The Redpoll Centre is social profit hub in Fort McMurray, Alberta, Canada. Home to 16 different agencies, including anchor tenant – The United Way of Fort McMurray, it offers three different meeting spaces, a spacious lunchroom, and reflection room/ resource library. The shared office space is located in Shell Place, part of the largest recreational facility in Canada.
I’ve seen a lot of nonprofit real estate projects destabilize the organizations they are meant to bolster. That’s why I’m passionate about nonprofits undertaking careful feasibility planning when contemplating a space project. Whether your organization chooses to rent or buy, whether the project is for your organization alone or with a cohort of other nonprofits for a shared space – the key objective is to do no harm and make sure that your new space enhances your mission and doesn’t undermine it. Occupancy costs are second only to personnel in terms of nonprofit expenses, but even the most sophisticated nonprofits often get tripped up by poorly planned real estate projects.
I first heard of Joanne Posner-Mayer when I was a consultant working with a fledgling shared space in Denver focused on international development in 2013. The project was in trouble. They had secured a lease for a building through the Denver Housing Authority, but it was a historic structure and the group needed to raise the funds for renovations and start-up costs. There was a gap between the projected costs and the actual costs and it wasn’t clear how the project could move forward. I remember thinking, another one bites the dust.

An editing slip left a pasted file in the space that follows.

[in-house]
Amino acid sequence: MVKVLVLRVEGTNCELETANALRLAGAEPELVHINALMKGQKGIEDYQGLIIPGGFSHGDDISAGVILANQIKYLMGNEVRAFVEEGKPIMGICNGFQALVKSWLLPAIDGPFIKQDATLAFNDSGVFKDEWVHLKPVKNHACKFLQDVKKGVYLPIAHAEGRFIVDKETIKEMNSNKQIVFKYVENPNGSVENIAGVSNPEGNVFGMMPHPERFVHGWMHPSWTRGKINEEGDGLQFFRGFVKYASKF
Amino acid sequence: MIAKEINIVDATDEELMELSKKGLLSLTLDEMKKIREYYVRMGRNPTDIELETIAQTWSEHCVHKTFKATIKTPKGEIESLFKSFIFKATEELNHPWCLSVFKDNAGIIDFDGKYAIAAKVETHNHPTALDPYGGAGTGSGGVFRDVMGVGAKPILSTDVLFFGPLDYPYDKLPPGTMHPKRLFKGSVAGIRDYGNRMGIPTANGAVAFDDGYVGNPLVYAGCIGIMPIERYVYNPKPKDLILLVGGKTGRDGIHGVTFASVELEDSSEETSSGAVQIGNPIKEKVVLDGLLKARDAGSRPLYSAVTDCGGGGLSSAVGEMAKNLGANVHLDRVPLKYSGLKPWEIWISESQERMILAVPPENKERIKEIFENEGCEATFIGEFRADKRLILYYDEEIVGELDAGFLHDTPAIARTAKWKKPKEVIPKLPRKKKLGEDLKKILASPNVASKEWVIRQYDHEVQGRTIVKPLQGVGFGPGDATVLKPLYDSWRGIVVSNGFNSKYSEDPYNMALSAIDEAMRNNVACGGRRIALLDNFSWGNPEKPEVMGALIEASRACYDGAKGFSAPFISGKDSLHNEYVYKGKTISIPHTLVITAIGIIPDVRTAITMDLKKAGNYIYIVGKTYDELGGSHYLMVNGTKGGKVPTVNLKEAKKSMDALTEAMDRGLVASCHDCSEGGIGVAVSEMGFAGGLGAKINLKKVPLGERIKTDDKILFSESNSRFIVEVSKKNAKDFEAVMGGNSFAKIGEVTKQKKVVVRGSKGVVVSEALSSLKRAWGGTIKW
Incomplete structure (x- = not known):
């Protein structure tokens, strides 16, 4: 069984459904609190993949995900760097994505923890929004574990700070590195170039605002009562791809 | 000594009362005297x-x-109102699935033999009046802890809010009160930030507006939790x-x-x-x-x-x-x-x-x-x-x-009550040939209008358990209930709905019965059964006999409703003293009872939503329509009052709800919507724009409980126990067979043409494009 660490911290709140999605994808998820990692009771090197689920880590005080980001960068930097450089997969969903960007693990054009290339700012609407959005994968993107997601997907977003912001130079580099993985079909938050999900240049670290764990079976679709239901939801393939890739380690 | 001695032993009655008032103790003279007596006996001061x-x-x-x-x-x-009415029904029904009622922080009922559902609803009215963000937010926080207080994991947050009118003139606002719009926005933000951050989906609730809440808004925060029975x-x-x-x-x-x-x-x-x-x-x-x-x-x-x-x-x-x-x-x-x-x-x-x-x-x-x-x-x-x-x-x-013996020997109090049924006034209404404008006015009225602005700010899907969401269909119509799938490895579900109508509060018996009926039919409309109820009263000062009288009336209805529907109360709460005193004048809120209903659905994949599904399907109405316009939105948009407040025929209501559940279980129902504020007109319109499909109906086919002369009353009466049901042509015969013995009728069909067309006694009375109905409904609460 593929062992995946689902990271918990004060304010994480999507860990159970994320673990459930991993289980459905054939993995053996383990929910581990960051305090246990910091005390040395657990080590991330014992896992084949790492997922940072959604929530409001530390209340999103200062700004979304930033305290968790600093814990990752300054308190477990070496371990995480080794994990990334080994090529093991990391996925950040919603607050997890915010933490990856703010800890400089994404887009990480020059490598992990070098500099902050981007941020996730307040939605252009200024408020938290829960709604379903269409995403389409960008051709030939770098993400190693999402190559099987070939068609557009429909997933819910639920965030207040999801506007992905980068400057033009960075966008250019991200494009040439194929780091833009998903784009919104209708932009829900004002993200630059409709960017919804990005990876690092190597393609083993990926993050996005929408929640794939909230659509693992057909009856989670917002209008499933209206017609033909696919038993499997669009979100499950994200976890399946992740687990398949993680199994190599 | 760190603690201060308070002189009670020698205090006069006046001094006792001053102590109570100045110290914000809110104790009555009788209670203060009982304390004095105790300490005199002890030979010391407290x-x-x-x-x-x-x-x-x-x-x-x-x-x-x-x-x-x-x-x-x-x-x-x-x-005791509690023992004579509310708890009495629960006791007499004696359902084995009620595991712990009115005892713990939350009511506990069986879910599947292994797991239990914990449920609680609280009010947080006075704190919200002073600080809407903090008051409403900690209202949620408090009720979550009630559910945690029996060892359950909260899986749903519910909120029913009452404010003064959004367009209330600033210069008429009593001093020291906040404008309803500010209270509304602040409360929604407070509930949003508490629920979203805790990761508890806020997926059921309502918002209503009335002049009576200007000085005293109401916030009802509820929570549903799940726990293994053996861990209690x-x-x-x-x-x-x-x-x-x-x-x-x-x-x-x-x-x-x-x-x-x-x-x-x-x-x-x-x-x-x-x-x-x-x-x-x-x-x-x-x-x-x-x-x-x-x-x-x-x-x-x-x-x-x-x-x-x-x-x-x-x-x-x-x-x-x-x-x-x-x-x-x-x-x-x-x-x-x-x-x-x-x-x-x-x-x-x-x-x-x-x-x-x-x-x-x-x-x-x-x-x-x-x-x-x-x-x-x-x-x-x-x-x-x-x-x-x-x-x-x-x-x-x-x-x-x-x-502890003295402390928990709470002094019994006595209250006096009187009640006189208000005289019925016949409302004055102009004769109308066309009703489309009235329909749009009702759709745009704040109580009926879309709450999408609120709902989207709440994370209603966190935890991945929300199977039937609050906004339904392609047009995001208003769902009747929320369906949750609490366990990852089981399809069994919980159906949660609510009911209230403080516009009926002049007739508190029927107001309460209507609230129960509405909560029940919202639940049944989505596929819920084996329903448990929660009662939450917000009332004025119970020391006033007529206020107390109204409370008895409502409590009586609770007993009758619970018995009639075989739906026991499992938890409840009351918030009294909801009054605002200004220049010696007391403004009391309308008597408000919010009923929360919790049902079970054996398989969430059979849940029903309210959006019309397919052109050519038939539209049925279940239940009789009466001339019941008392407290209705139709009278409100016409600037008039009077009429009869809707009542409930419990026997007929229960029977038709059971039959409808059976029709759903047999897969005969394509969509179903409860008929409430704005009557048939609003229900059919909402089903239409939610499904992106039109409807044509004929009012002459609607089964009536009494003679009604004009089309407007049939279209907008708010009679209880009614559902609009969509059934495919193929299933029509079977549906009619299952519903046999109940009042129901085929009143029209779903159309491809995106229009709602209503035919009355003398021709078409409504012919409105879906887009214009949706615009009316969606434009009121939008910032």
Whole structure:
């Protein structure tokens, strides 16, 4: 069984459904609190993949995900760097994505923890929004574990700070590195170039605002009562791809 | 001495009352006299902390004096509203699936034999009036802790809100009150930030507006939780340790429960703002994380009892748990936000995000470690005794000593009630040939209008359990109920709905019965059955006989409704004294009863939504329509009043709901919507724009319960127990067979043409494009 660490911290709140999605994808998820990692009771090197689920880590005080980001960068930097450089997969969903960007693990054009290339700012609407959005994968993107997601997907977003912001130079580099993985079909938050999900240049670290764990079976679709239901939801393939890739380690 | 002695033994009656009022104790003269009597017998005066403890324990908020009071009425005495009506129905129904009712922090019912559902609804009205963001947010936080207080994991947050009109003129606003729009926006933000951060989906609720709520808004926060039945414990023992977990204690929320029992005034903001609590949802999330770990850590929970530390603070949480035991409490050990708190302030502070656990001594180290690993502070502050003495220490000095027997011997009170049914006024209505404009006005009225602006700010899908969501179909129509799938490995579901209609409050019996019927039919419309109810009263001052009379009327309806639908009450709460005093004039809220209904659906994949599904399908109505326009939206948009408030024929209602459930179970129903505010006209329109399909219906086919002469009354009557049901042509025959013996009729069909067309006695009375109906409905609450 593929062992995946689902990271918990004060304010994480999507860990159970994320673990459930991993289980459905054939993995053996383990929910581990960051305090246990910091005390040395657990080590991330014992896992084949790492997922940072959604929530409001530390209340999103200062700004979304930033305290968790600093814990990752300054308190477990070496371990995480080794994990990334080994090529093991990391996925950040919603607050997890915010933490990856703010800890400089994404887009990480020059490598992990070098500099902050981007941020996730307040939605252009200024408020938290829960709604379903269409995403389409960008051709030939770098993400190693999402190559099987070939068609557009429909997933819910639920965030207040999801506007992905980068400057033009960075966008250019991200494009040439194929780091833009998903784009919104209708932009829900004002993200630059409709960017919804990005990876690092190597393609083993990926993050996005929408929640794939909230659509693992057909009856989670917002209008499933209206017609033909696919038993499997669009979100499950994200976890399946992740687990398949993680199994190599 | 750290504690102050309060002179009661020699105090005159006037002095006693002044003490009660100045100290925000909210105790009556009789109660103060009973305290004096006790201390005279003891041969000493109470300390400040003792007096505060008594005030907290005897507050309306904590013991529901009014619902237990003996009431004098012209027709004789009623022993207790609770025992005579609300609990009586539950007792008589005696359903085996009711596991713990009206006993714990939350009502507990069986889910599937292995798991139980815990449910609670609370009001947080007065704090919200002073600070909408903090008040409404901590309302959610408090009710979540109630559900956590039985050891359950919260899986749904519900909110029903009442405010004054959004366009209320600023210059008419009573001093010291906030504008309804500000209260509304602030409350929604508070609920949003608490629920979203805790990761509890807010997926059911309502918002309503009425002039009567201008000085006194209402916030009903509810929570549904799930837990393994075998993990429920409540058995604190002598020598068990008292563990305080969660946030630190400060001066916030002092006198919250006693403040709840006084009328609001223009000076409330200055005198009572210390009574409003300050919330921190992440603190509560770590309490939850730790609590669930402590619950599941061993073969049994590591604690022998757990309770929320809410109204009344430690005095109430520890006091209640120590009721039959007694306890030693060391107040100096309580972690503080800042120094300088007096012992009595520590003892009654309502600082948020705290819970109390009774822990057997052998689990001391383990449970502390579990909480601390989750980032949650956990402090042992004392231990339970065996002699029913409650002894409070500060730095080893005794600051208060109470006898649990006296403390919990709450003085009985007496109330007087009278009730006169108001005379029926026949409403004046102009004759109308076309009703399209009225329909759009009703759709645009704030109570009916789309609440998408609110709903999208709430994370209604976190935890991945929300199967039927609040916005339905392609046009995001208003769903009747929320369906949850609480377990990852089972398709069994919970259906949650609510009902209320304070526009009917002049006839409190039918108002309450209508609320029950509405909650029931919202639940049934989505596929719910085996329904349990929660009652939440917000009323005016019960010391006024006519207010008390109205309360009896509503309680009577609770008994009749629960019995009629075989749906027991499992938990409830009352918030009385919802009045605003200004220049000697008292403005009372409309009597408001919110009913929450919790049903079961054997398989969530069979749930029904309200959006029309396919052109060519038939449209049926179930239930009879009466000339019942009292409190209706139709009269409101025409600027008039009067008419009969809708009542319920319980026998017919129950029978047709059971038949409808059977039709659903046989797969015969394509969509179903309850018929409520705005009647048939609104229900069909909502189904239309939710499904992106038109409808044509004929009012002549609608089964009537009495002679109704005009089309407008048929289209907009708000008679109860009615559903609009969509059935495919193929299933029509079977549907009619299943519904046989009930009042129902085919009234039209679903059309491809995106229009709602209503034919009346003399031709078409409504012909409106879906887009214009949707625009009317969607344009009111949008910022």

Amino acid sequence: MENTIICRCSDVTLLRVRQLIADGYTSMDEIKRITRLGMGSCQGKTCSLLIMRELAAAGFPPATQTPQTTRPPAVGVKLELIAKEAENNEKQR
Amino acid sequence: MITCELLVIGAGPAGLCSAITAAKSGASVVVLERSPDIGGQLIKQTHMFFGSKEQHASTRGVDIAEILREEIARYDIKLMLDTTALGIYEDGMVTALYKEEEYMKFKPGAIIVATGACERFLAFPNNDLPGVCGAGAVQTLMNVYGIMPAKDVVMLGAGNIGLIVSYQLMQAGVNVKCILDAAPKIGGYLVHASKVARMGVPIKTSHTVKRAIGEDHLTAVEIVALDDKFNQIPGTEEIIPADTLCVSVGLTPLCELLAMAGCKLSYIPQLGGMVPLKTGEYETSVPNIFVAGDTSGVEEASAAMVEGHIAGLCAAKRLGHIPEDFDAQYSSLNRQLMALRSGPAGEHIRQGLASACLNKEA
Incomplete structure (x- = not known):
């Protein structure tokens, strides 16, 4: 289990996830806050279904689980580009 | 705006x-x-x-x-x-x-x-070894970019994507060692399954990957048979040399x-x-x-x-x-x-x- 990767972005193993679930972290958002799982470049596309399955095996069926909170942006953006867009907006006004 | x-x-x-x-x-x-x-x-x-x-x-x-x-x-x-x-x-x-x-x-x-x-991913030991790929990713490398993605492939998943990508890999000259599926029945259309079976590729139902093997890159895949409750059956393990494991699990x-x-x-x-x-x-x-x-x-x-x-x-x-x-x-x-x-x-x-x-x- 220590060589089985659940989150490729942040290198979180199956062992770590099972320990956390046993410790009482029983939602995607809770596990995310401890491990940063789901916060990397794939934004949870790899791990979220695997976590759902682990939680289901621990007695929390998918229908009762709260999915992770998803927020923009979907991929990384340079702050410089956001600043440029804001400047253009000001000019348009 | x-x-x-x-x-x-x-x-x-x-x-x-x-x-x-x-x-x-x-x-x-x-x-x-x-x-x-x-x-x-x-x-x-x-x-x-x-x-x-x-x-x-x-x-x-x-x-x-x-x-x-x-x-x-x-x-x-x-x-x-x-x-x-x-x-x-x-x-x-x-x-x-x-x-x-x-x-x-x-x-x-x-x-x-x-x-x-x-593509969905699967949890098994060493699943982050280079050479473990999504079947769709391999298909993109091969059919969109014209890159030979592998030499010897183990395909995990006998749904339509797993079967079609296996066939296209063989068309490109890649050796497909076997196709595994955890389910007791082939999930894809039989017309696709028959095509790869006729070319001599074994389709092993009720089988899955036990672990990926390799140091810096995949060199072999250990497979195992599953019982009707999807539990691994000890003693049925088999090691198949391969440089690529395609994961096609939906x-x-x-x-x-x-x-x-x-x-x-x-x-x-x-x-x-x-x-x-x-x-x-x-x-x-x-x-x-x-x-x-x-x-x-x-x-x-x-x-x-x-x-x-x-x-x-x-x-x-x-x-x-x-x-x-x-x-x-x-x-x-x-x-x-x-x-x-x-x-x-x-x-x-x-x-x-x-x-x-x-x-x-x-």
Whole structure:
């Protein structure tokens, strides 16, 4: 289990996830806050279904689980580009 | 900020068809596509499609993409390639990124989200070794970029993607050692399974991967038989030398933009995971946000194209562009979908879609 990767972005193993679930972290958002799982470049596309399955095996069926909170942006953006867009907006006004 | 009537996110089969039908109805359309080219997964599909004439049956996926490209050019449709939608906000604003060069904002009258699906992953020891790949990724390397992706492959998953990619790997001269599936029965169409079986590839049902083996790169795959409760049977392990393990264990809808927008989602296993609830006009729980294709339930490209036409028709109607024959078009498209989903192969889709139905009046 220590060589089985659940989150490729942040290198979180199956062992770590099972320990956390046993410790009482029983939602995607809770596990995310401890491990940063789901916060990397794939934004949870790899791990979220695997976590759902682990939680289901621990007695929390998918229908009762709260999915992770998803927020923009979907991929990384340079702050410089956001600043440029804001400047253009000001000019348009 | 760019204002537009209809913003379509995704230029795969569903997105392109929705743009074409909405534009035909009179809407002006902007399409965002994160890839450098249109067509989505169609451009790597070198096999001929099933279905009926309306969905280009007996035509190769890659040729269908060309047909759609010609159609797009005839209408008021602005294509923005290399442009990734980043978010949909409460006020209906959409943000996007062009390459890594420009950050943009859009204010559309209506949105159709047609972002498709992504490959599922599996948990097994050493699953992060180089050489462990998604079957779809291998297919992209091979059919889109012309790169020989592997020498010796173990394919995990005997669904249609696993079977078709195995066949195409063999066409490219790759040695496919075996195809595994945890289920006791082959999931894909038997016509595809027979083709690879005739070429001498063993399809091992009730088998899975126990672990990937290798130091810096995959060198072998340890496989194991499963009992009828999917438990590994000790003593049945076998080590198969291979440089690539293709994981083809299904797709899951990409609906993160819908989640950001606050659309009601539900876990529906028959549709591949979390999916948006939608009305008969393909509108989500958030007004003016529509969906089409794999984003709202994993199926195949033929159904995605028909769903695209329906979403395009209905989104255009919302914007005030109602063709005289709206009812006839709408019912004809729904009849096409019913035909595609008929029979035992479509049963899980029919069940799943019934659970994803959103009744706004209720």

But I was wrong. The project succeeded because of Ms. Posner-Mayer and it is now one of the best examples of mission-driven shared space. Posner-Mayer is a Denver physical-therapist-turned-entrepreneur who invented the FitBall™, which is now ubiquitous in gyms and therapy rooms. She had deep roots with the Curtis Park neighborhood where the international development shared space center was being developed. Her father, a Polish immigrant, had a successful hardware store in that neighborhood. Ms. Posner-Mayer felt she could give back to the neighborhood that enabled her to achieve so much. I remember being so surprised at how it all came together – her contribution was truly pivotal to the center, the difference between life and death. Now in Denver we are lucky to have the Posner Center for International Development, named in honor of her family.
If that wasn’t tribute enough, a recent blog by the Rose Community Foundation reported that Ms. Posner-Mayer has been instrumental in another shared space project, the Rose Andom Center. The Andom Center is a one-stop shop for survivors of domestic violence and houses over 20 agencies in a central location. Previously, those affected by domestic violence had to travel to up to a dozen different locations to access services. Taking a client-centered approach will help stop the cycle of violence by improving rates of reporting abuse. Ms. Posner-Mayer contributed to the Rose Andom Center and is helping it establish an endowment so it can be financially sustainable for a long time to come.